Australian journalist Peter Greste
Australian journalist Peter Greste said freedom of speech is threatened by governments' war on terrorGetty Images

Australian Al Jazeera journalist Peter Greste, who spent 400 days in a prison in Cairo, has said governments should stop using the war on terrorism to curb freedom of speech.

Greste made the comments as he addressed journalists at the National Press Club in Australia. He said freedom of speech is being threatened and journalists should be protected.

"It almost feels like a kind of globalised McCarthyism, where simply invoking terrorism is enough in some cases to get away literally with murder," he said.

"In this new world, to simply ask questions about the conflict or to seriously investigate either extremism or the government's handling of it is to make yourself a target," he continued. "The trouble for us journalists is that in this conflict there is no neutral turf, no safe ground from which to report.

"In effect, what it has done is to make the media the battleground."

Greste and two other colleagues, Canadian Mohamed Fahmy and Egyptian Baher Mohamed, were detained on the grounds that they allegedly supported the Muslim Brotherhood, an organisation banned by the Egyptian government after its leader Mohammed Morsi and the then president of Egypt was overthrown in 2013.

Greste and Fahmy were sentenced in June 2014 to seven years in prison, while Mohamed was sentenced to 10 years.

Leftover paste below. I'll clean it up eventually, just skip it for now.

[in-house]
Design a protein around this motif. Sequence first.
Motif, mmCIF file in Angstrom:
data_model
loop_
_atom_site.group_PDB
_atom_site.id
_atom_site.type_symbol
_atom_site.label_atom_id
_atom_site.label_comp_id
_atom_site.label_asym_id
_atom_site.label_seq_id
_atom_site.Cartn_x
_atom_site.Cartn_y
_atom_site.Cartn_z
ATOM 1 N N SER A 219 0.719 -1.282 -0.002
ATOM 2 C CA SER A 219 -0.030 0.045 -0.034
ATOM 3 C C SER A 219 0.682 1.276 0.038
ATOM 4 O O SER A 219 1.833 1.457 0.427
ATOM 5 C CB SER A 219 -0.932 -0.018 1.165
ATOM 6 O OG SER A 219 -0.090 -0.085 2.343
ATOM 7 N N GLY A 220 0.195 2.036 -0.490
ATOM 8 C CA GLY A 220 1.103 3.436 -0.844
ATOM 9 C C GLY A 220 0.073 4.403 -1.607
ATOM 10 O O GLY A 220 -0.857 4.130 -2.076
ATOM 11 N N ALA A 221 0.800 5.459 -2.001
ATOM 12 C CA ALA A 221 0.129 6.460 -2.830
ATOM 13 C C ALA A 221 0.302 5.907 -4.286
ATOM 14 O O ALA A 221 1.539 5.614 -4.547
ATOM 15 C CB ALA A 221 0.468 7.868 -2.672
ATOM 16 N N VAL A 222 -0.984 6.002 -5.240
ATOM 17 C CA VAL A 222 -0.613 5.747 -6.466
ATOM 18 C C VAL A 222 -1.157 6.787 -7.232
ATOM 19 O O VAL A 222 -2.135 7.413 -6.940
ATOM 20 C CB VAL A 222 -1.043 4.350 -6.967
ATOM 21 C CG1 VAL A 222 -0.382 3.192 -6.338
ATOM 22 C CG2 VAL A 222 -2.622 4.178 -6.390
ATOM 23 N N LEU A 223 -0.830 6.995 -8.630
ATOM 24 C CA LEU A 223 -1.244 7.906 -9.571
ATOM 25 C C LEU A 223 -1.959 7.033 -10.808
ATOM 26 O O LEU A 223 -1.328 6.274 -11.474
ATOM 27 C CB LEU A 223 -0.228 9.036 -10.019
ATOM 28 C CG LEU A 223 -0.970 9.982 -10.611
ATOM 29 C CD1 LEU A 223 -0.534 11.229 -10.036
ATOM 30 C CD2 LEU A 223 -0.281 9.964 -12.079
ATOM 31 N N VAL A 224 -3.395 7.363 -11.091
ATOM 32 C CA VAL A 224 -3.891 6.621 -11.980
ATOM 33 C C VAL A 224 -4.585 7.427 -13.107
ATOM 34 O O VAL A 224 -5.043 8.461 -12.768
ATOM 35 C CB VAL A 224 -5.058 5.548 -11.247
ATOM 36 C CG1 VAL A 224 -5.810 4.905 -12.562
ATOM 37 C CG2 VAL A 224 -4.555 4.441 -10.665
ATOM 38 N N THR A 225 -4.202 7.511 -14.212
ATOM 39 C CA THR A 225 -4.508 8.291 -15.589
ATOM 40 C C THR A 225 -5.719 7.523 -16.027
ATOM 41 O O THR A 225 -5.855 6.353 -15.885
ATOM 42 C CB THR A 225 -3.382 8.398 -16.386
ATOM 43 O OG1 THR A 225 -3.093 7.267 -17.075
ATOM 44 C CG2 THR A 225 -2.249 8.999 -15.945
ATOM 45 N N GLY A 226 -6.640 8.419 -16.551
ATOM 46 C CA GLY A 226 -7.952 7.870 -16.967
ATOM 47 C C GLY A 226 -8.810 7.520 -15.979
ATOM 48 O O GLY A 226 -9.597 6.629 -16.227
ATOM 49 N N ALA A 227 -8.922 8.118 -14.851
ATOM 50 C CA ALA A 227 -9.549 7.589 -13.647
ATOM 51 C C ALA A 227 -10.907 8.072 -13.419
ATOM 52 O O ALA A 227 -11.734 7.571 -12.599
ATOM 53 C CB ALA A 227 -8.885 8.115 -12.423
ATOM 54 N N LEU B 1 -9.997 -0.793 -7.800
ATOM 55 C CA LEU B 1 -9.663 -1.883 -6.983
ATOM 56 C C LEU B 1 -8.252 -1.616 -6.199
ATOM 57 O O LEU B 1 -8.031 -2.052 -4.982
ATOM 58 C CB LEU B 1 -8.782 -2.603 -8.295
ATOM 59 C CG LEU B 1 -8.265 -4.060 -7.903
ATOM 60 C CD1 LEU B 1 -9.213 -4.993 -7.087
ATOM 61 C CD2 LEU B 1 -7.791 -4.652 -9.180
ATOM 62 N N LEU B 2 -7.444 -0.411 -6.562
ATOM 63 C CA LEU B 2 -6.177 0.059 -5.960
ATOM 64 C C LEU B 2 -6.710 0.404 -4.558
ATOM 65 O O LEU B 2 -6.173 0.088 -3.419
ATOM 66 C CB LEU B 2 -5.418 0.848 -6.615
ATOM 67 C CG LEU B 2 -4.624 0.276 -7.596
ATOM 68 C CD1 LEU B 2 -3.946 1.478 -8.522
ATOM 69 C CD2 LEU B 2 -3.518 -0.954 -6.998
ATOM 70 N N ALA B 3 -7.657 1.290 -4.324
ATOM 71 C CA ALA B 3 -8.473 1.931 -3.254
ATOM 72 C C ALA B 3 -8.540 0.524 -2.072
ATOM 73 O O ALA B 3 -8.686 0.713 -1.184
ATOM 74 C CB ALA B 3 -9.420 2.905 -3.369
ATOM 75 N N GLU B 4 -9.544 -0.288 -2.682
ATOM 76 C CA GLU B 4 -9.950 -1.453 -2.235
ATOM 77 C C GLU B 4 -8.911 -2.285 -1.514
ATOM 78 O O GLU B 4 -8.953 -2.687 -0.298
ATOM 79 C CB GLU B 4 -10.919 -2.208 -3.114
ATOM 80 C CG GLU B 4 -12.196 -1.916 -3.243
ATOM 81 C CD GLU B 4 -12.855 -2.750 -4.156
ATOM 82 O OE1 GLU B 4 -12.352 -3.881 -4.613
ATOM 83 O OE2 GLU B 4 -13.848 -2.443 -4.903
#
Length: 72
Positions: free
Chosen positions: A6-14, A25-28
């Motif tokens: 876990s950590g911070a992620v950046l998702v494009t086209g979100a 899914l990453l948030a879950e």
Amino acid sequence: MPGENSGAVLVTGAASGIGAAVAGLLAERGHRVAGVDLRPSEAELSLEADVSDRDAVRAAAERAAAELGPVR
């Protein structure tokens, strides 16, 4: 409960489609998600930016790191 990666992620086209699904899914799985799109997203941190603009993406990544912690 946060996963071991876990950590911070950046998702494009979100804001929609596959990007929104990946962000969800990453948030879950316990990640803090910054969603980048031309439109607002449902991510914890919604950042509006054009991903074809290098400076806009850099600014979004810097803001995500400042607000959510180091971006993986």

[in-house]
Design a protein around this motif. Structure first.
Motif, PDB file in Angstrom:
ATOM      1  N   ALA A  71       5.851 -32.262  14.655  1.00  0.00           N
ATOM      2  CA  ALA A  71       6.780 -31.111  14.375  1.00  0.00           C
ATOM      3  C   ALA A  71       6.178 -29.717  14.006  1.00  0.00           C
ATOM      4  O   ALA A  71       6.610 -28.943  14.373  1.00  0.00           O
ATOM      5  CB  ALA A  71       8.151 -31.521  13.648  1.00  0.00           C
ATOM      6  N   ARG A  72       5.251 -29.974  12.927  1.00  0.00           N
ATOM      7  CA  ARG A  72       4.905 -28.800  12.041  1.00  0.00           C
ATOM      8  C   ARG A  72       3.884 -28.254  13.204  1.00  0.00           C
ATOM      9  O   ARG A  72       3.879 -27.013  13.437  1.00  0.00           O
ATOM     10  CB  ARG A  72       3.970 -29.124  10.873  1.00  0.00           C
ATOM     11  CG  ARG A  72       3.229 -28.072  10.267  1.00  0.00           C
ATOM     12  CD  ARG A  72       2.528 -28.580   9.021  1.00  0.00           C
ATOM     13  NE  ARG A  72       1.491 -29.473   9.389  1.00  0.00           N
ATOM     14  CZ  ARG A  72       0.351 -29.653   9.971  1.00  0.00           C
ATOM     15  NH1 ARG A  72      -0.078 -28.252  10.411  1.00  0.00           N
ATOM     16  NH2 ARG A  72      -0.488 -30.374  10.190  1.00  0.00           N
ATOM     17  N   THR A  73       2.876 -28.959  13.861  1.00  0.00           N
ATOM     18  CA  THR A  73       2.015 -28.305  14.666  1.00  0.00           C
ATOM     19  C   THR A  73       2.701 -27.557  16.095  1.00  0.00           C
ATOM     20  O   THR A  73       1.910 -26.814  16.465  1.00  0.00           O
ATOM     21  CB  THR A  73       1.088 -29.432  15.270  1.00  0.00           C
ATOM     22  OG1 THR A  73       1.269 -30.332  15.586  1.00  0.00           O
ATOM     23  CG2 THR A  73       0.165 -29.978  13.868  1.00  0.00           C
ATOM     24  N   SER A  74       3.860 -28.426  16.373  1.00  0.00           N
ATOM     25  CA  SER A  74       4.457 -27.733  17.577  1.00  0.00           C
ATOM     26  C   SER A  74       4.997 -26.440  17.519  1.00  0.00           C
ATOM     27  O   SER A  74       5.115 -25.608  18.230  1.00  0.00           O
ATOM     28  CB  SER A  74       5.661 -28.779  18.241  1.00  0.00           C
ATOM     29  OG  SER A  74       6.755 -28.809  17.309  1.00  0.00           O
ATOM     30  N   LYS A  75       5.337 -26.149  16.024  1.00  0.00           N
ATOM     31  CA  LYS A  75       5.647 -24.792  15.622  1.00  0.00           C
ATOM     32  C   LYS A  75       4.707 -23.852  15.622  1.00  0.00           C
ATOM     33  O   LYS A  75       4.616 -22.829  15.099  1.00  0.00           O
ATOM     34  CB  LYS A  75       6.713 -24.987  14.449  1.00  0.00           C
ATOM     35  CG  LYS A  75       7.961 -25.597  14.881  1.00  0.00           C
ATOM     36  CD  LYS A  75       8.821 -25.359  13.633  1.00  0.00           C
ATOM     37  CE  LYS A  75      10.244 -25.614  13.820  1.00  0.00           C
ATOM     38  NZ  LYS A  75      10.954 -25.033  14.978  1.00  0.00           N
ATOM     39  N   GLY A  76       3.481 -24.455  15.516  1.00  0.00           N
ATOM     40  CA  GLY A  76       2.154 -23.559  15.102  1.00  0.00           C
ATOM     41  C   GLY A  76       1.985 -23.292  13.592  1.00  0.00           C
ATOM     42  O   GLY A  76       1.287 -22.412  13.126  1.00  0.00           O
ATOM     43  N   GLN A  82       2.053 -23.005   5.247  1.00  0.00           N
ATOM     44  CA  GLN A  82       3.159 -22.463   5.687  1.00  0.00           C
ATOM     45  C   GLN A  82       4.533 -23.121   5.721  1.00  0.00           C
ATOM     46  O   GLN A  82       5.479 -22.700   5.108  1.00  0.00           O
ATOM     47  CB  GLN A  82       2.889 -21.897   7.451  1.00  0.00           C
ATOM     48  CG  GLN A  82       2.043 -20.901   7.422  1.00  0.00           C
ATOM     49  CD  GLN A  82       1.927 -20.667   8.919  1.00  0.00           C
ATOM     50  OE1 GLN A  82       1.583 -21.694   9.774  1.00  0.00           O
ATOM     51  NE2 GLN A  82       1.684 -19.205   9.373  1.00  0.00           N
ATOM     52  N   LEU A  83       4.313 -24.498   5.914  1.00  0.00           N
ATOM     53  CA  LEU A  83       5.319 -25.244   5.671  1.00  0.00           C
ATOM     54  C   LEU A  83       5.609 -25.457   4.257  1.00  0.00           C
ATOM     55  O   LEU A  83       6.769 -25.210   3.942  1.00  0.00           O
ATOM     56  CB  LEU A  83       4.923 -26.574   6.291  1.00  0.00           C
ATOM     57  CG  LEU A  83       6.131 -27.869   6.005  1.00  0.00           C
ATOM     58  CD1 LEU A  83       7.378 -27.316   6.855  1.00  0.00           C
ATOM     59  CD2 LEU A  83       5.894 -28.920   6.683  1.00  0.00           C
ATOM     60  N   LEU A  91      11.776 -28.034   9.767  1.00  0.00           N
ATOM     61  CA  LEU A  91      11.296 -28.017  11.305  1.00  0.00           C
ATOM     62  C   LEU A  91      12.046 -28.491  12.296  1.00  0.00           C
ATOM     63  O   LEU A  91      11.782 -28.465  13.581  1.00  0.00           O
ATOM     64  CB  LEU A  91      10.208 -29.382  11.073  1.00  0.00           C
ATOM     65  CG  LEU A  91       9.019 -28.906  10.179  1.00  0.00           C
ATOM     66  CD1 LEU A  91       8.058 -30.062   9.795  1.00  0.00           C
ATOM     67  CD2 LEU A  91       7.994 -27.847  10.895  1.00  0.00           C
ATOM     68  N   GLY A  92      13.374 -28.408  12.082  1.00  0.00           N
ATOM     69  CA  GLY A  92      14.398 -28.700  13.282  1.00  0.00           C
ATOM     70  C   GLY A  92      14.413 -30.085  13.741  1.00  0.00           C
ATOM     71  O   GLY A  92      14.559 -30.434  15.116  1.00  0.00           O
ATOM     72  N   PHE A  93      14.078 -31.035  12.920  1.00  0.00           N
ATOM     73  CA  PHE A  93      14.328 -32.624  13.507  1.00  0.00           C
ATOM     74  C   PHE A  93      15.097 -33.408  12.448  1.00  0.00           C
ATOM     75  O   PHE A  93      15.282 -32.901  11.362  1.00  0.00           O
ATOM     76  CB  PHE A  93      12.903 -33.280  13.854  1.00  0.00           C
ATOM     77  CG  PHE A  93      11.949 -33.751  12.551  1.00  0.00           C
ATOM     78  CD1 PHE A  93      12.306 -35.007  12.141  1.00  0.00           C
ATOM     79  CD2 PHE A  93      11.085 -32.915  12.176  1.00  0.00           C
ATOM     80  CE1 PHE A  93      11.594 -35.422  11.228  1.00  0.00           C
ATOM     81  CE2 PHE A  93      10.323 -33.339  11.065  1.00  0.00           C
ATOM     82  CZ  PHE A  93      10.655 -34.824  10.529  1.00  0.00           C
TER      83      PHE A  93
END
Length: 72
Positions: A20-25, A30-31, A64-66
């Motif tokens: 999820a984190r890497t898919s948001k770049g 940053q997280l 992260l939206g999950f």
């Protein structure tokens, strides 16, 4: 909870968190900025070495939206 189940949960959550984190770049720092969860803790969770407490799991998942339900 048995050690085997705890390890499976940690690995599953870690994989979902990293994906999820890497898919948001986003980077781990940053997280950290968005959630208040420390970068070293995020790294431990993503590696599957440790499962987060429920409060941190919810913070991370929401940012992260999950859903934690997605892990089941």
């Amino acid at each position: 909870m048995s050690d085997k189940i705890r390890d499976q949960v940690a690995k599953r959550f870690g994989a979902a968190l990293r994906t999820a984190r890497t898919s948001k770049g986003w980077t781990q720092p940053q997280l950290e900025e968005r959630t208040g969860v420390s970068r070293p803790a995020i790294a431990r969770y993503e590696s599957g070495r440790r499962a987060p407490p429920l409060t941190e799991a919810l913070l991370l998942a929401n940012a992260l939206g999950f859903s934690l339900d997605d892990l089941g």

During their detention, Greste and Mohamed elaborated a plan to protect other journalists facing politically motivated charges.

Greste explained he would like to create a universal media freedom charter to operate in the same way as the UN declaration on human rights.

"We wanted to find a way to help protect journalists that might transcend state boundaries and in the end he suggested some kind of universal media freedom charter," Greste said.

"It would set a gold standard defining the relationship between governments and the media. It would set out the responsibilities of each. It could be used as a kind of benchmark by which both of us can be measured.

"We're not meant to be friends of the government, friends of politicians," he continued. "We're meant to hold them to account.

"That's our job. It's why we exist, it's what the whole point of the fourth estate [...] and we shouldn't be apologetic about that."

Greste's comments came as two Al Jazeera reporters were detained by the Nigerian military for "loitering" in areas where military operations are ongoing against Boko Haram terrorists.